Graham Reid | | 1 min read
Much contemporary art aiming for controversy has a short shelf-life. It takes the grand gesture – Damien Hirst's shark in formaldehyde or diamond-encrusted skull – to really get people talking.
Who now remembers the early 90s controversy around Virgin in a Condom – a meagre idea poorly executed - let alone the artist's name? Sex and Catholicism: the clickbait of its time.
But controversy is good for the art business which rarely gets public attention, even if it's used to raise the wearisome and threadbare question, “What is art?”, often coming from artists who – in their refusal or inability to explain their work – leave it to curators, gallery owners or cheerleaders to essay it into existence and load it with meaning.
Installation or conceptual art faces special problems: by its very nature it's often here and gone.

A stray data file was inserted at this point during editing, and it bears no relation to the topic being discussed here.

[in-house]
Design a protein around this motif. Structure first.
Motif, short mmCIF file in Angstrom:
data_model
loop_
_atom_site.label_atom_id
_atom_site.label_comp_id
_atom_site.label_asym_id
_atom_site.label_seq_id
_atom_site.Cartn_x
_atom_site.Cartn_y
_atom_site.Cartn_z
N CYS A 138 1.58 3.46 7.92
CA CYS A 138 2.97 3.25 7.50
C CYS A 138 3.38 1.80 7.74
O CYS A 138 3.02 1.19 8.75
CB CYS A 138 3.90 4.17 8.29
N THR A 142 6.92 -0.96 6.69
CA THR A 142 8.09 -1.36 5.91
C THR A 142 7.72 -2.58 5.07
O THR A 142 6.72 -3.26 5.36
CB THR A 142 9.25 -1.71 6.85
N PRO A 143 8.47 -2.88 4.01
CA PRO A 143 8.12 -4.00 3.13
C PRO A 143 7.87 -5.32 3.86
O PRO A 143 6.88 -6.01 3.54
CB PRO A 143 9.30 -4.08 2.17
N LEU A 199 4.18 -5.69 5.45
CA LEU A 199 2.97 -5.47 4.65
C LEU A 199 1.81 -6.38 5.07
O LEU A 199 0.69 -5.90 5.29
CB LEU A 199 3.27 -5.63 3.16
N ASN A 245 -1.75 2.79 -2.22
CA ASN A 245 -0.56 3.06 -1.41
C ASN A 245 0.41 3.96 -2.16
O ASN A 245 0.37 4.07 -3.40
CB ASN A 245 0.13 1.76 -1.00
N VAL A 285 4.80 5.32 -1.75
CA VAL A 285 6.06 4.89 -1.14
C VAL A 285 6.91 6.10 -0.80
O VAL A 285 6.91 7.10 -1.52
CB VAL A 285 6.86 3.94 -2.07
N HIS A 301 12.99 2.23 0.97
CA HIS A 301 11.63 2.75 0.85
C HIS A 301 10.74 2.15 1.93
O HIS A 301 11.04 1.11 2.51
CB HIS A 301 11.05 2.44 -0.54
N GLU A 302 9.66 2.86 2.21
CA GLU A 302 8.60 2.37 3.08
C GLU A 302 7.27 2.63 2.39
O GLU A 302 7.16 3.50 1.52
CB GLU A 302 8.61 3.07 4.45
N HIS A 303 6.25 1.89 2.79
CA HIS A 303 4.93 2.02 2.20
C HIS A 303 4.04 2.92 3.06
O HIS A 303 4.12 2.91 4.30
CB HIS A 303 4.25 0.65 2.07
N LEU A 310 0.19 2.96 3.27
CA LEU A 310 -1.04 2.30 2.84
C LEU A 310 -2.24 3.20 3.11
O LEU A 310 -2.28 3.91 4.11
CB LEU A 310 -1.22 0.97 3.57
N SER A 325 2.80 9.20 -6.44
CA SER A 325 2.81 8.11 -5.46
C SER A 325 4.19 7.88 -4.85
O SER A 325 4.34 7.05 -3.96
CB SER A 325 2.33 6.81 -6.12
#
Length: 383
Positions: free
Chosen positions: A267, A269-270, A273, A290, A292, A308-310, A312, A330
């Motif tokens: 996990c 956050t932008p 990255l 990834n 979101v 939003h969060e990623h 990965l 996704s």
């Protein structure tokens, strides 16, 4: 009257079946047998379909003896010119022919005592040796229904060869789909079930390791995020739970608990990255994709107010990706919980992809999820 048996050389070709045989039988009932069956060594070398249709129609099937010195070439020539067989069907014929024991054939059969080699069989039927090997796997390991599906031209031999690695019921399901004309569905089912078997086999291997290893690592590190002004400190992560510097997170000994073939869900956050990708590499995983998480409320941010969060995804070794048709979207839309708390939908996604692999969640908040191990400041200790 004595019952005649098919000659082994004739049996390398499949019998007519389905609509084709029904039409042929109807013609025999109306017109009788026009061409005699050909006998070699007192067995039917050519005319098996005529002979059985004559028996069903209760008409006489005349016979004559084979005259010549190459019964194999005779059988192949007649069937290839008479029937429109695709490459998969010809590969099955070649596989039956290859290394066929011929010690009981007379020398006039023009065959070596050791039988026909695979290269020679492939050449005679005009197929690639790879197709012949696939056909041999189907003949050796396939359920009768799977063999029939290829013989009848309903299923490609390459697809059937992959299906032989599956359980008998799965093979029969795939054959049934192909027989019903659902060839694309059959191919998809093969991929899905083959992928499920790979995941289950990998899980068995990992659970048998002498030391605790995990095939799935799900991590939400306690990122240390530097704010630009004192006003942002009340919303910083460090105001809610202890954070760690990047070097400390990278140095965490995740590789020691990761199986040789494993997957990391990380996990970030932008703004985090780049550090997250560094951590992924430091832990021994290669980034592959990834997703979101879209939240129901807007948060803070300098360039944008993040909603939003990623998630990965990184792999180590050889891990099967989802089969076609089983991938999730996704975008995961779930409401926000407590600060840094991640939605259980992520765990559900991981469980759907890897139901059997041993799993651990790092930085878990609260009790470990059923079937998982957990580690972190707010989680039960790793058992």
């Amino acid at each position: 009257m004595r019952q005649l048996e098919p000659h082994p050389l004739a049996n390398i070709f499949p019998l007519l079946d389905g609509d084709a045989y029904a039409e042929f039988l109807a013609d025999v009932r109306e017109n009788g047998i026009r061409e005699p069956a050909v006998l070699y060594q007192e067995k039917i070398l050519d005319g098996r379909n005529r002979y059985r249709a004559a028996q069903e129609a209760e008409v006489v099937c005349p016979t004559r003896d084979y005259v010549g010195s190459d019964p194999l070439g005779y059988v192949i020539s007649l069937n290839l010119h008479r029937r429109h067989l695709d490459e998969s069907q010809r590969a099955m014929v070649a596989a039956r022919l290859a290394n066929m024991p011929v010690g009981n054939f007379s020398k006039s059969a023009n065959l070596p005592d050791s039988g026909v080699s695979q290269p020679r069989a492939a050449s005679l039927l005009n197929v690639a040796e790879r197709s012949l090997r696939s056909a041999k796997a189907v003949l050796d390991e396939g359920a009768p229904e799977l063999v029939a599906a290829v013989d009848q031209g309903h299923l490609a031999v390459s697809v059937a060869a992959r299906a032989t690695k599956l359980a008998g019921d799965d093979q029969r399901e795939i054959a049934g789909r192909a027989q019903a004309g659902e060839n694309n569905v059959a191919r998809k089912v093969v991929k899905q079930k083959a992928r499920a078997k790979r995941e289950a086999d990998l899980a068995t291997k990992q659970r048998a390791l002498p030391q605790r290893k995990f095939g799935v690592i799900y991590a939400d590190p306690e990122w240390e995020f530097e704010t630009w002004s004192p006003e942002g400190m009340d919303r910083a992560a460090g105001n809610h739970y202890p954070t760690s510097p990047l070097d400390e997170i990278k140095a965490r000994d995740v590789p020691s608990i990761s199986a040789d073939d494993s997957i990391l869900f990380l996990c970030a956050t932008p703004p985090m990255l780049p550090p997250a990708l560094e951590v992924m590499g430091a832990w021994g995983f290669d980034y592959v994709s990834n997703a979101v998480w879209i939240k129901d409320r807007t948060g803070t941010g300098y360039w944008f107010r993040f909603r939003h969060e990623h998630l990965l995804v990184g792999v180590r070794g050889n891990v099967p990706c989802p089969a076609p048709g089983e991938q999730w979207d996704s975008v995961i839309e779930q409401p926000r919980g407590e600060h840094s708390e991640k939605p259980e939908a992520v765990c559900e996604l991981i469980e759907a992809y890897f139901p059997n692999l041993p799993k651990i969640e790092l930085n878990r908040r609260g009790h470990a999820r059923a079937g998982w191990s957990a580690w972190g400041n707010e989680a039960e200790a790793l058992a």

Of course, there's nothing in the contract which says art needs to be permanent but once it’s gone social media chatter moves on, headlines (if there have been any) turn to sepia and . . . what's left?
That's why this well designed, illustrated book of essays and comment is important.
The subject is the Letting Space Projects – offices, rooms and outdoor spaces taken over by conceptual artists – and its prime movers Mark Amery and Sophie Jerram's self-imposed challenge to “transform the relationship between artists, the public and their environments to enable social change.”
That's a big ask, but if art can't always effect social change it can prepare its audience for questioning and dissent.
If not all Letting Space projects succeeded, at their best they challenged convention and forced questions - not just about art but social structures, economics, commerce and accepted practices - into the public domain.
One of the most quietly goading, witty and controversial was Tao Wells' Beneficiaries Office staged in Wellington in late 2010.
Wells argued that, among other things, the unemployed use up fewer resources so . . .
To read the rest of this review/article go to Kete Books here.